How To Care For A Hamster

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When it comes to learning how to care for a hamster, your goal should be to remember that your furry friend must be kept warm, dry, and entertained. A hamster's needs are directly related to the life it would be living were it a wild animal. Hamsters are desert creatures, populated dry, rocky areas in places like Syria, Mongolia, and Pakistan. This is why it's essential that you meet your hamster's need for dry, warm housing. Avoid keeping your hamster in an aquarium, as the glass enclosure will promote the locking-in of moisture. Instead, seek out a cage made specifically for hamsters-either a standard wire enclosure or one of the popular "habitrail" type cages. A habitrail cage, with all of its tubes, turrets, and tunnels will also help ensure that your hamster's need for entertainment is met.

Diet is another essential element in knowing how to care for a hamster. Fresh water should be made available at all times via a specially made drinking bottle. Never put your hamster's water in a dish, as the dish will quickly be tipped or filled with debris, and then you will have a sad, wet hamster. As for food, there are a multitude of pre-packaged hamster foods on the market, and it's always a good idea to make those foods the bulk of your hamster's diet. However, hamsters, like people, appreciate a little variety at dinnertime, so an offering of apple pieces, carrot slices, or crackers is always welcome. Greens can also be integrated into your hamster's diet, but avoid overfeeding these vegetables to your hamster as they will contract an illness called "wet tail," which is fatal if left untreated. Keep in mind also that hamsters are hoarders. It is almost impossible to overfeed them, as they will most likely take much of their food with them into their nest, so remove unheated foods that might spoil if your hamster decides to save them for later!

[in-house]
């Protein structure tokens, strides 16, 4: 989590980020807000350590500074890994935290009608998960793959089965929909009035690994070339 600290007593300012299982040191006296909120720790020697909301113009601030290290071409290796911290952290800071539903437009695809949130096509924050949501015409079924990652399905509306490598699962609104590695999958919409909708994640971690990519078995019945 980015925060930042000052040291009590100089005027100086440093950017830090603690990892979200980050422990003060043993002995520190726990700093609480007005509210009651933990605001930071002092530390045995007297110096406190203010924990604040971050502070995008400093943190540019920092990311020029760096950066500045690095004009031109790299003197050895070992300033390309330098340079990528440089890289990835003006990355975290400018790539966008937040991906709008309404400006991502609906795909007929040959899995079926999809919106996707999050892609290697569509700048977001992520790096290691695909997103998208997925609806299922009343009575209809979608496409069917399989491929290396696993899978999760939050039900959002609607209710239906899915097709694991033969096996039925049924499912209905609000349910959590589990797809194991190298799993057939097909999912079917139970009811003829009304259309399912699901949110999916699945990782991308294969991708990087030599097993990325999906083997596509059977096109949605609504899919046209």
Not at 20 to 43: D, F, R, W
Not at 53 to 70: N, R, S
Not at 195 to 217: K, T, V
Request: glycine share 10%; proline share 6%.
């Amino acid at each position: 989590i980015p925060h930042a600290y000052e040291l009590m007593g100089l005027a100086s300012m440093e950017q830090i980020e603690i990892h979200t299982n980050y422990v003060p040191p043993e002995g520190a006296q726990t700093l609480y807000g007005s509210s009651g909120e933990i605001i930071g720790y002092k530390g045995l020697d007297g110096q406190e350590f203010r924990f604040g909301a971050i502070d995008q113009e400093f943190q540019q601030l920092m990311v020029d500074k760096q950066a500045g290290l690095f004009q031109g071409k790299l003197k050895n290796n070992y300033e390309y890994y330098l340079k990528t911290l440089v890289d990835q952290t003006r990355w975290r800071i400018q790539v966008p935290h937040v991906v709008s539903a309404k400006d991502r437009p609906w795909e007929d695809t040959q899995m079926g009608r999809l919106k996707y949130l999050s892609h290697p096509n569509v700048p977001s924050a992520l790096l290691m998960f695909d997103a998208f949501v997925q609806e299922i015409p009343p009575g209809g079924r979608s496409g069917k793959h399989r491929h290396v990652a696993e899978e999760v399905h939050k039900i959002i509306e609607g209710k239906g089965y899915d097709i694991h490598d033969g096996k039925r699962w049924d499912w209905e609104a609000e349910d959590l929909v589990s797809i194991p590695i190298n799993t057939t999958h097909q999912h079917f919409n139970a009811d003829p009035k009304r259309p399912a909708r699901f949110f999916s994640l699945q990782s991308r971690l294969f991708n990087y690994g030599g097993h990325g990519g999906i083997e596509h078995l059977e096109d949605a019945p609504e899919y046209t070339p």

Other items that should be on your hamster care checklist include plenty of bedding (try cedar or pine shavings), adequate nesting material (facial tissues work great), and the all-important exercise wheel. Hamsters are nocturnal by nature, so be sure to get a wheel that will not make a ruckus and keep you awake as your pet makes its nightly rounds. Always be sure your hamster's wheel is unobstructed and can turn freely. The exercise a wheel provides is necessary to prevent your hamster from developing a condition called "torpidity." When a hamster is torpid, it has not had the activity it needs to maintain proper mental health. This lack of exercise will cause the hamster to snap, and possibly attack you when you reach in to pet it. Also be sure to respect your hamster's nocturnal habits. Avoid waking your hamster during the daylight hours as much as possible, as this could result in a nasty bite, or in the very least, a grumpy, confused pet.

Now that you've prepared, it's time to go pick out your new friend. Make sure you choose a clean, reputable pet store from which to buy your hamster. Look carefully to ensure that none of the animals seem sick, and make sure that the pet store employees are equipped to answer any questions you may have. After bringing your hamster home, allow it a day or so to adjust to its new surroundings before attempting to handle it. This may seem like a lot to remember, but know that the time you devoted to learning how to care for a hamster is time well spent! Hamsters are affectionate, fascinating, and of course, adorable pets who will provide you with several years of enjoyment and companionship in exchange for your expert, loving care.

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Source by Barry Mcgee

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